Light. Just meditate on it for one moment. Without light human activity would have probably not developed as much as we know it today. Perhaps our eye as an organ would have been different if there were no light. Our so called “evolution” would have taken a different path. Just a few years ago still, scientists believed that no creature could live without light. Boy …. they’ve been proven wrong!
Now think of how light fits our everyday capitalistic world. The intensity of light creates atmospheres in story books. Different patterns of light gives an image and a continuously changing pattern of light gives a video. Light has even entered the lyrics of hit songs – Ellie Goulding.
“You show the lights that stop me turn to stone
You shine it when I’m alone”
Light is a source of strength. When there is light, there is hope.
So how does light fit with economics?
A number of studies have used light patterns from space to calculate economic activity or as a proof of economic development. Recently I stumbled on a paper published by Vernon Henderson, Adam Storeygard and David N. Weil. They attempted to find GDP growth rate based on growth in lights. What they found is that growth in light is not always in line with official GDP growth. That is to be expected since GDP is not an accurate measure of economic development as they authors argue. Which brings me to the points I want to make.
1. Using light as a measure of economic development also has its flaws. It does not take into account all the economic activities that occur and assumes that the more light there is the more economic activities there are. Which would be wrong considering in some countries – such as Saudi Arabia – houses are illuminated with a thousand bulbs. Whereas the Nordic countries tend to be more conservative on turning the lights at home – probably cause its too cold to go out at night. So that doesn’t mean Saudi Arabia is a more developed country than say Sweden.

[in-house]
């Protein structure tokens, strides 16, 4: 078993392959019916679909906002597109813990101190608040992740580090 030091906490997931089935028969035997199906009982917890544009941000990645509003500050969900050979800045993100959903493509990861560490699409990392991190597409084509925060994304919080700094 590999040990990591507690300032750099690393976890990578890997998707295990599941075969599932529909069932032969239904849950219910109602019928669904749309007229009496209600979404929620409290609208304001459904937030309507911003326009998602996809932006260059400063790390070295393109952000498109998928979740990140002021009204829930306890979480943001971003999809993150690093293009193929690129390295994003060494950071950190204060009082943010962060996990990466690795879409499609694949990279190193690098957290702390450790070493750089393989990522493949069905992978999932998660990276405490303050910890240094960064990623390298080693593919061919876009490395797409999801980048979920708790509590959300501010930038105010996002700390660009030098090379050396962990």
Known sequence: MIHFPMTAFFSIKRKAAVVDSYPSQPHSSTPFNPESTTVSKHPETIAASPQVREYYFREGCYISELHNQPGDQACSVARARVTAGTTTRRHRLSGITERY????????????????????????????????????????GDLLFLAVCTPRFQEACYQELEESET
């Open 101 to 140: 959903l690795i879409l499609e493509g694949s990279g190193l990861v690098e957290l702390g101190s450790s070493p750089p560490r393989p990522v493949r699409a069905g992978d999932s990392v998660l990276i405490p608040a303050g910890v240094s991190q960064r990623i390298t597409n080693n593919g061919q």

2. Instead of trying to build sophisticated models to determine economic development using light as a variable, why not just accept that this road is a dead end and instead focus on the patterns of light. Light is a source of hope. So if there is a light at night means there are some human activities there during the day. As such in remote areas human activities could be pinpointed and explanatory maps could be drawn to give an idea of the economic networks that exists in these areas. I.e. Which village trade with which village. Or how farmers who live close to solitary lives trade their products. In short economic network maps could be drawn. And these could be used to better develop transport networks to expand economic activities further. This approach still recognizes that a light at night may signify a source of economic activity during the day but instead of calculating, it seeks to improve the efficiency of economic activities and give them opportunities to expand.
3. I recently watched a french documentary called Thalassa. In the show, a man made a simple point: Nowadays governments following IMF policies always seek to have more lights at night and of different colours. That creates an ambiance at night of economic development, of happiness in the country. Light is also a political tool ! And he is correct. In Mauritius the current government has built a lot of infrastructure and recently a bridge on one of the business highway. They made sure the bridge was well lit at night. So are all the new roads.
Photo from: http://www.freeimageslive.co.uk